Senegal is a great destination to start exploring Africa with as it has no harsh weather conditions, and have got some of the most welcoming people.
Senegal is one of the easiest countries to visit in West Africa and is often is the second choice after visiting Morocco. And while many of these people will be traveling to cities like Dakar and Saint Louis, the country has many more to offer with plenty of natural attractions.
- For an example, the capital city - Dakar is a tempting place for music fans, offering fabulous nightlife.
Although Youssou N'Dour may not play so often now as he is the Minister of Tourism and Culture in the new government, you can find Cuban classics or the irresistibly fast dance music of Senegal's largest tribe, the Wolof - most nights of the week. May, meanwhile, marks the yearly St Louis Jazz Festival.
- Dakar is also a great spot for markets and historical museums on the UNESCO-listed island of Gorée. Just take a short boat ride from the port of Dakar.
- For surfing lovers, the coasts around the Dakar peninsula have growing fame for some of West Africa's best breaks - Malika Surf Camp is a good first base.
Food to try
- In the north, the ancient colonial capital of St-Louis has a different ocean-side vibe of fishermen and long-gone slave-traders. Once you are there, don't miss the excellent poulet yassa (chicken marinated in lemon juice, pepper and onions), poisson farci (stuffed fish), tiéboudienne (rice with fish), riz jollof (rice with vegetables and sticky red palm oil) and beef, mutton, vegetables or virtually anything in a saucemafé (peanut sauce).
What to do in Senegal
Also known as “Lac Rose,” this unusual lake lies just north of the Cap Vert Peninsula of Senegal, northeast of Dakar. It is a salt lake rival to the Dead Sea, which makes it a busy for salt industry. Salt collectors come daily at the lake, covered in shea butter to shield their skin from the severe salinity, and spend seven hours a day collecting the valuable crystal from it.
Stretching south from Saint-Louis, the Langue de Barbarie National Park is a slim peninsula of sand that has historically been the nesting grounds for sea turtles and many kinds of migrating birds.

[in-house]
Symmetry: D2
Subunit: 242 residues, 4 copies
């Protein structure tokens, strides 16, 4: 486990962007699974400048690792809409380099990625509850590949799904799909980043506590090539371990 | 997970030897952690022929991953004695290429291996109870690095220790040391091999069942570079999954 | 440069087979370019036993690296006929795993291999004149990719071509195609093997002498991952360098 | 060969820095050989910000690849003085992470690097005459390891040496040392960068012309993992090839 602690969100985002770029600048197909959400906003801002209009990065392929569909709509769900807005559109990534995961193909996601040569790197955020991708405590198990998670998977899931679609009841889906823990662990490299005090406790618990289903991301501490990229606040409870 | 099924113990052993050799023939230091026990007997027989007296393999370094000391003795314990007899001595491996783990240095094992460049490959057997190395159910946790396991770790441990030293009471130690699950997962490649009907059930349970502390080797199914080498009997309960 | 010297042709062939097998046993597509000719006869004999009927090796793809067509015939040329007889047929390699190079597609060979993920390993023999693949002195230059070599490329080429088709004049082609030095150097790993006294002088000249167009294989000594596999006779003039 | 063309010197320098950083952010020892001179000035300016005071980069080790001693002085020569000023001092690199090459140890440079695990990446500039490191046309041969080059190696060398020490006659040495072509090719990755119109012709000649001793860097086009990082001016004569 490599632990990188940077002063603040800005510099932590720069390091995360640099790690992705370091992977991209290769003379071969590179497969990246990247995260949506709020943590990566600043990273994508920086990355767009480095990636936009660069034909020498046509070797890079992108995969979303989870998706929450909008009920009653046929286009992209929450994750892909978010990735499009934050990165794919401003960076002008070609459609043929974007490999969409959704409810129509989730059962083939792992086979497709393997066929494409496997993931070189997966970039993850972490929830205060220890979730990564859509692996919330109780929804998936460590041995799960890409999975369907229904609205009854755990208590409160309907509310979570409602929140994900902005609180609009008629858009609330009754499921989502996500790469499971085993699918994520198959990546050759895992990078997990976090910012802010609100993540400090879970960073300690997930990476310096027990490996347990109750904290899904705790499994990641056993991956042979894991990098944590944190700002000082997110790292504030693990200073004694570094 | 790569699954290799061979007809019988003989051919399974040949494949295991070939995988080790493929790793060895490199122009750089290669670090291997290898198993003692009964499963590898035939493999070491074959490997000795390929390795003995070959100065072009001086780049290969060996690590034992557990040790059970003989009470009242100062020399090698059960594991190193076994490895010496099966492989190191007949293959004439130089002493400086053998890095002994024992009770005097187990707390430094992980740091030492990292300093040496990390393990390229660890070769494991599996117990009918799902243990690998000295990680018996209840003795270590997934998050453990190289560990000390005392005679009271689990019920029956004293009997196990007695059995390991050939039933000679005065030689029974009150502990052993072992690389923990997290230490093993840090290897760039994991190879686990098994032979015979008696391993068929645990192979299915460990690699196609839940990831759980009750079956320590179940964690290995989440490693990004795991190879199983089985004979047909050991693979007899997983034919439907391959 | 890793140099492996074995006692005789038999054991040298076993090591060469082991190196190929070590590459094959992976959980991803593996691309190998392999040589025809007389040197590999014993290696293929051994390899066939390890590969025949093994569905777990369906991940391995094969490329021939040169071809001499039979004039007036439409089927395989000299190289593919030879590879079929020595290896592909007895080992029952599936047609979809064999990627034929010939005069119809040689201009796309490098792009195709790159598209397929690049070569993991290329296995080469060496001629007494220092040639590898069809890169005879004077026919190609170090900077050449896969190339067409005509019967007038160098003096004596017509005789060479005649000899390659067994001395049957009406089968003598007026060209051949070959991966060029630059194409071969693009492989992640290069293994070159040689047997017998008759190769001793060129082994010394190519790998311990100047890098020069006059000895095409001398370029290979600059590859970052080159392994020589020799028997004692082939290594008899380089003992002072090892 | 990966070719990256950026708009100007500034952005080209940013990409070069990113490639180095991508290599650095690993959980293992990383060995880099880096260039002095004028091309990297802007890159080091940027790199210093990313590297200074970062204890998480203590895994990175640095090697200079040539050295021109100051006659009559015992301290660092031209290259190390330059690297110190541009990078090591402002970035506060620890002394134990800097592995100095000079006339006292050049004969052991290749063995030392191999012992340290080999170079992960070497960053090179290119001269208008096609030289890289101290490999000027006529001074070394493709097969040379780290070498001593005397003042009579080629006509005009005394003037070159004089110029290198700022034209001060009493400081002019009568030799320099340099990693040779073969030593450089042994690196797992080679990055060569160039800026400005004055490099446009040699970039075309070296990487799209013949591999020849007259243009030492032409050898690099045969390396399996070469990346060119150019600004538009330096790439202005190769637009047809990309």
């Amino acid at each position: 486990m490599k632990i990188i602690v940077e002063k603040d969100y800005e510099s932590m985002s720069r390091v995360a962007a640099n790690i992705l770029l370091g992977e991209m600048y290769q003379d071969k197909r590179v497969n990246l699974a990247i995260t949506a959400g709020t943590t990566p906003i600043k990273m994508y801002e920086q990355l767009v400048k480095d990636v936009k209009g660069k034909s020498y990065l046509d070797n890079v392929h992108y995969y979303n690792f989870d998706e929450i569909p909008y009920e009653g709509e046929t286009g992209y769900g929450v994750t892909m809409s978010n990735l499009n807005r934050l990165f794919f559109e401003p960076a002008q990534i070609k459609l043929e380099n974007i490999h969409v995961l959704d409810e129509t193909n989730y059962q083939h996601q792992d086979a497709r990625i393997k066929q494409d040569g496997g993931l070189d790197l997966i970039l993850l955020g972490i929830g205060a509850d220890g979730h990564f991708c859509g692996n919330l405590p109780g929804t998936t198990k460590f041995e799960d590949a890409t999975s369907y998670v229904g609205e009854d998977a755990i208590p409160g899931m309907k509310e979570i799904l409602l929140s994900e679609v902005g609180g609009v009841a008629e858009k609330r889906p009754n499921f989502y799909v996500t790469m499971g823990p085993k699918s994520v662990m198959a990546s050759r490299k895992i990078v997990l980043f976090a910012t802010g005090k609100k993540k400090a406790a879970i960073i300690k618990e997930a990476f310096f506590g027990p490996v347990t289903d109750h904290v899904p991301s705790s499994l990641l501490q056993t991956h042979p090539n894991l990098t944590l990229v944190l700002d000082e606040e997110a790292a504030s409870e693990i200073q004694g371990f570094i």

The streets on this island are covered in layer after layer, and the entire island is built on these millions of shells that have grown overages.
Shells are a part of everything in the town and the architecture as well. While the streets paved in bivalves draw quite a crowd, the second shell island, connected to Fadiouth via a stilted wooden bridge, is the true gem of the area.
- Niokolo Koba National Park
In the southeast, next to the border to Guinean, you can find the savannah woodland of the Niokolo Koba National Park.
It is a home of lions and elephants and Africa's most northerly population of chimpanzees. The very southwest is the home of the rice-growing Jola people, who also have some of the country's best palm tree, sandy beaches.
While Senegal isn’t known as a safari destination you can still find some rare wild animals while in the country. The Park is one of those places and is filled with magnificent landscapes, on the valley of Gambia River. High chance to spot hippo, antelope, crocodile and even a lion if you’re lucky.
Senegal’s southern branch is known as the Casamance region and can be reached by ferry from the north.
Casamance is lush and fresh with pure forests. It is home of Dioula tribe whose fortified adobe homes dot the tropical savannah.
If lucky you might be invited for an audience with their king.
This marvelous stretch of beach is one of the most famous places in the country to visit. Ocean winds keep the white shores cooler than places inland. Its calm surrounds make a great side trip from Dakar.
The area is settled with fishing villages, nature preserves, and pristine beaches.
Not to be missed destination while traveling in Senegal is Mbour, known for its wonderful fish market. On its beach, hundreds of pirogues put to the sea every day. At sunset, they return packed with fish that they cut and sell on the seashore, at the thrilling fish market.
In the Sahel around the Ferlo Desert, nomadic Fulani people have found their home, covering most of the country’s dry north. Organized tours here explain how the lives of these herders spin around zebu cattle, grazing them around the parched savannah. Homestays take place in traditional grass huts managed by the community for an authentic desert nomad experience.
Yoff is a village identified by its strong Islamic society. Smoking and drinking are strictly prohibited and visitors should be appropriately dressed
Besides Layen Mausoleum, it is worth going for a walk in Yoff beach.
Many international airlines connect Europe with the Aéroport International Blaise Diagne in Dakar.
TAP Portugal, for example, flies from London Gatwick via Lisbon to Dakar. Alternative choices are Turkish and Iberia Airlines.
Bus routes to Dakar are not yet fully developed. There are just two international connections: from Bamako (Mali) and Banjul (Gambia). Information on departure times is available at the individual bus stations. Though the service can be rather crowded and a little crazy, it is a great chance to meet the locals and see the countryside.
The best time to travel in Senegal
The best time of year to visit Senegal is the dry season – between November and May. The climate is moderate: not too hot, but not too much rain.
This applies to the whole country, with the exception of the region of Casamence, where you can visit all year round.